The Springhouse, by Joyce Wilson, and today I read it straight through.
The book opens and closes with the springhouse, literally, a title poem and then "The Springhouse in Winter," to end the book as the year ends, with all kinds of life in between: natural life--poems about chickens, a fox, tadpoles, hoar frost, the brook, a spittle bug, a walking stick, and a dead bee--and poems about family life, which include trouble and grief.
But, in honor of Ash Wednesday, I'll share with you a favorite (in which family and nature mix):
The Ash Tree
To reach so wide, it must have been alone
for a long time and in an open field.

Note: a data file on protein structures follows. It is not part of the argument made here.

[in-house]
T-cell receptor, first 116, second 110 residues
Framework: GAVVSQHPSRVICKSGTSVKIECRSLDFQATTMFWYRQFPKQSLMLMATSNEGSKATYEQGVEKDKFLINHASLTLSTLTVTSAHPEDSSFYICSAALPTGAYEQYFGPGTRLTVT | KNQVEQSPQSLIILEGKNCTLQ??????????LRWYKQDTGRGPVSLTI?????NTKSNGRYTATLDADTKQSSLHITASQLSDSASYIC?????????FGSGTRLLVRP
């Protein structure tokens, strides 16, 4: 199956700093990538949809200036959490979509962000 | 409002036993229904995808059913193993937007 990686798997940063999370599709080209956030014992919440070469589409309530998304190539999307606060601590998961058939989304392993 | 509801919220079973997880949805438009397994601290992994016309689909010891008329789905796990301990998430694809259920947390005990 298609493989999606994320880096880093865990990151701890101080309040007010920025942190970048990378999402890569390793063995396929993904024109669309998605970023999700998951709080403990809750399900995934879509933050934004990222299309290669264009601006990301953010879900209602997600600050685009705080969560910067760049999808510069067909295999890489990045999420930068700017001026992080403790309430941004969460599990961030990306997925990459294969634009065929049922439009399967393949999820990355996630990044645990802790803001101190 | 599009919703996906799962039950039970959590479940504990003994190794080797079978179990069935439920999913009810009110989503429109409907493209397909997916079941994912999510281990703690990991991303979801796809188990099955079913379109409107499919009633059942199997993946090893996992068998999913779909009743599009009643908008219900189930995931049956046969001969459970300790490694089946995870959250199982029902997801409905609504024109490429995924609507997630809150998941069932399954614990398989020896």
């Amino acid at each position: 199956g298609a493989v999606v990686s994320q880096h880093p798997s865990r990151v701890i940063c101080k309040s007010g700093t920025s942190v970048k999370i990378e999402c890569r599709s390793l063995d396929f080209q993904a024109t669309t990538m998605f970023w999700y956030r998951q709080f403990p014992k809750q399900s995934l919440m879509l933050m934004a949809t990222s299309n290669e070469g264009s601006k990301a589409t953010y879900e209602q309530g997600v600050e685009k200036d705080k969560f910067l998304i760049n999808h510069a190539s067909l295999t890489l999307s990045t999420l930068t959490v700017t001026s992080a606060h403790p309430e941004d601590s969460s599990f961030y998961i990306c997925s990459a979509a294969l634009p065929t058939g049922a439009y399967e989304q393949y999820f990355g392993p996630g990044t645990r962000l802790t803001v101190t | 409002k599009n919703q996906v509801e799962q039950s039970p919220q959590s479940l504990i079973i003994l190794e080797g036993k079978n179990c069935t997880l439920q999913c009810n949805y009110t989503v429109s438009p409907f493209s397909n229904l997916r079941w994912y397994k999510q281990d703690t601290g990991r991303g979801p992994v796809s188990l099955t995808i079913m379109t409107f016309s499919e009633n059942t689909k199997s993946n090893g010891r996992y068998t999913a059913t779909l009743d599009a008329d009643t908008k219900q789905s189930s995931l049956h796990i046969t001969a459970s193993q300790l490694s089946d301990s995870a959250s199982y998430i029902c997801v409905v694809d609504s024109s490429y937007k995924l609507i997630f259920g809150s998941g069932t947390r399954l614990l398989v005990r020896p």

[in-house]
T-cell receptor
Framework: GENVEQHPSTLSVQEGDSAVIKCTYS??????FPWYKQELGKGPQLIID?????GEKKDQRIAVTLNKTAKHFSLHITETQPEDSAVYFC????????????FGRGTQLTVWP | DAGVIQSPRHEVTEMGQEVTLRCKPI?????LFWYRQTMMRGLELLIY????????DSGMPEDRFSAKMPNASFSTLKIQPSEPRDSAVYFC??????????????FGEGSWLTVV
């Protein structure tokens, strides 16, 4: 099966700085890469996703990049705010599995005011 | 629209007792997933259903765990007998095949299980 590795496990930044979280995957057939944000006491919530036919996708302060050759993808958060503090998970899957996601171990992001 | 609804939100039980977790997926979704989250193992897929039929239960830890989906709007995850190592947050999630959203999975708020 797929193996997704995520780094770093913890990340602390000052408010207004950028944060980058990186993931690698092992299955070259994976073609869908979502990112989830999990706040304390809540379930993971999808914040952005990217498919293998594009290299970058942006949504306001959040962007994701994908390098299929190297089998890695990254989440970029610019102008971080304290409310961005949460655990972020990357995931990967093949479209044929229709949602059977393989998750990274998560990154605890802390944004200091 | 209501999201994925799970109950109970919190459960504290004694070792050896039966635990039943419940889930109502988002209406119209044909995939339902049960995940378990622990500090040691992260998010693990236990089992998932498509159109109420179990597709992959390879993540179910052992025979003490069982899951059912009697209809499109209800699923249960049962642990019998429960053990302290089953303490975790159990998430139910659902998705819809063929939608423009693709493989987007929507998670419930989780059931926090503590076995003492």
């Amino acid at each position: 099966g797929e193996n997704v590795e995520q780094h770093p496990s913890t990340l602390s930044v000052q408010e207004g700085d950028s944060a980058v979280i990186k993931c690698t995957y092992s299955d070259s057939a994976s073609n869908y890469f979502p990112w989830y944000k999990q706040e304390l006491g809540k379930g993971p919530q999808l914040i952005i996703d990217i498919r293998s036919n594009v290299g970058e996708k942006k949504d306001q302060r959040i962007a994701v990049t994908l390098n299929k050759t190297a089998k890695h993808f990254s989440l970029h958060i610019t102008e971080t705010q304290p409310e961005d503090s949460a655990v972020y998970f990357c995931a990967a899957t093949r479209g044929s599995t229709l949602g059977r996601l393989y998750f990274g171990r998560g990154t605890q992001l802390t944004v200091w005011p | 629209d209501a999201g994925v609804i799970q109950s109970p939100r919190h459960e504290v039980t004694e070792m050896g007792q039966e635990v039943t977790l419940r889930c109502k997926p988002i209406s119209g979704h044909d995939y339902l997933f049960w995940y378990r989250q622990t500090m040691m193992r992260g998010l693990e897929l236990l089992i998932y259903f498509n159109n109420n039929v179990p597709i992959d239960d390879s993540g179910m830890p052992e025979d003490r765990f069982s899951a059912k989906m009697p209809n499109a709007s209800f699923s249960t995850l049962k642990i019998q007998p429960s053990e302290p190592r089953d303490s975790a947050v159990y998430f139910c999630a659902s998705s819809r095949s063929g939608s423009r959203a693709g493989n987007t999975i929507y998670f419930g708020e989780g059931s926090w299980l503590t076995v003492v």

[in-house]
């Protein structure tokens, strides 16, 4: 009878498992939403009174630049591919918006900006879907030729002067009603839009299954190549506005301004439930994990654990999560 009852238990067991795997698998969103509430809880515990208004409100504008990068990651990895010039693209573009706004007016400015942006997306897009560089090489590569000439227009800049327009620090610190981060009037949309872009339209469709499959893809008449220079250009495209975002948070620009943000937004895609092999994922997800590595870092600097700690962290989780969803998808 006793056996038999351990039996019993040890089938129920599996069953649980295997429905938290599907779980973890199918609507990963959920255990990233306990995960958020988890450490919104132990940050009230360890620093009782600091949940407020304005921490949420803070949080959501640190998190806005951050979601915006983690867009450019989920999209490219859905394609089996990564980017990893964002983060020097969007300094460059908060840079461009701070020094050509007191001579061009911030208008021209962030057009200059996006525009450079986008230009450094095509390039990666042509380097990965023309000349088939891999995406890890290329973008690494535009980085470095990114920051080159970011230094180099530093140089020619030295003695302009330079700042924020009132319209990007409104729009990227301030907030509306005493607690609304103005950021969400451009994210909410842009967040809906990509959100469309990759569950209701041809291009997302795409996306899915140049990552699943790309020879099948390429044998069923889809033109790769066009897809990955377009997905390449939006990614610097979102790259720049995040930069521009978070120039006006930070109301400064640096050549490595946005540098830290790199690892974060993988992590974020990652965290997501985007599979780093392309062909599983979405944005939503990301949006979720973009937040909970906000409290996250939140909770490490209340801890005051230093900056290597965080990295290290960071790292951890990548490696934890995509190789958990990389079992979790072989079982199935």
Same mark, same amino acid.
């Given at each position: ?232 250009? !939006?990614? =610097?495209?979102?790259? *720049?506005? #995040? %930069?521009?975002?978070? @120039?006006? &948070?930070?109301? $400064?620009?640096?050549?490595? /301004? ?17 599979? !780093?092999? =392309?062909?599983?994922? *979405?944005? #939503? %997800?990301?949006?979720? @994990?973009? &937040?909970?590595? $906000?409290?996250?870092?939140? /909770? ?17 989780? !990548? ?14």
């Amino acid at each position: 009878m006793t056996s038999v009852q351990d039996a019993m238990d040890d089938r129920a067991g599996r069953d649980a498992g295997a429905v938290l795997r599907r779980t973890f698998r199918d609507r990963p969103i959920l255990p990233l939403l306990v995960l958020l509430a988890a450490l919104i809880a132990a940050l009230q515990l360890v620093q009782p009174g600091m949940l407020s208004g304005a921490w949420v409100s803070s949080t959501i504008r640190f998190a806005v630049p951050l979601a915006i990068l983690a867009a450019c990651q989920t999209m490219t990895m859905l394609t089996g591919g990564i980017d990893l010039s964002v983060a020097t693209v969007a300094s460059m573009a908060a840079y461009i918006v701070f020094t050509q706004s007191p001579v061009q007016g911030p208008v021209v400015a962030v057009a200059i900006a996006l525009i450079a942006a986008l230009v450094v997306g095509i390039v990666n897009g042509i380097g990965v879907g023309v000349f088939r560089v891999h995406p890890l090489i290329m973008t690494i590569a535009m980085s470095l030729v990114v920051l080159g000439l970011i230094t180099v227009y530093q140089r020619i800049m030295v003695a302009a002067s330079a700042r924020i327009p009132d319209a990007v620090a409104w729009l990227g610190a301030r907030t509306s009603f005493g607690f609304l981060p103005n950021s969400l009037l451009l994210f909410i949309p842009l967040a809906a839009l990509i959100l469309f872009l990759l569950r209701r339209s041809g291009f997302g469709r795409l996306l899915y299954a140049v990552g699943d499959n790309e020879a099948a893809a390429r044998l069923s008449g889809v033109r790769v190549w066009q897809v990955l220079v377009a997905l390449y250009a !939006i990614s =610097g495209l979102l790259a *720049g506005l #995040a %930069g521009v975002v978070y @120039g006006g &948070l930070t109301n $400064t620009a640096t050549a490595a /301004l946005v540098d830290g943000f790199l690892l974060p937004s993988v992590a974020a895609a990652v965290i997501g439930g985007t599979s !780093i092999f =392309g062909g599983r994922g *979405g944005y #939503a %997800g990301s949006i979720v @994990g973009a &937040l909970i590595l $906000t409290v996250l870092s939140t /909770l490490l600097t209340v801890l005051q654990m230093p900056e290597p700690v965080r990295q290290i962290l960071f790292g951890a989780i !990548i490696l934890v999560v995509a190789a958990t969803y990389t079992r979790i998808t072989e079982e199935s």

Our mother walked an old hemp rope around
the trunk of the ash tree and marked it,
and then we spread the rope out on the lawn
to measure just how much our love had grown
in the ten years since she had counted lengths
with him, our father died, and we had moved.
Ten years since she had wrapped her arms around--!
It showed an increase of eleven feet.
We got the car to take us back to town
and left the tree, our house, and our old street.
I like how the nostalgia here is restrained.
I love learning things from poems and poets. I learned from poet Richard Jones that ashes are good for the garden. I learned from Joyce Wilson how love can and can't be measured.
To learn more about Ash Wednesday from a poet, take a look at Kristin Berkey-Abbott's blog entry on it. To see more paintings by Jonathan Koch, who has let me decorate my blog with his, go here. The one above is called Mandarin, Shell, Junebug.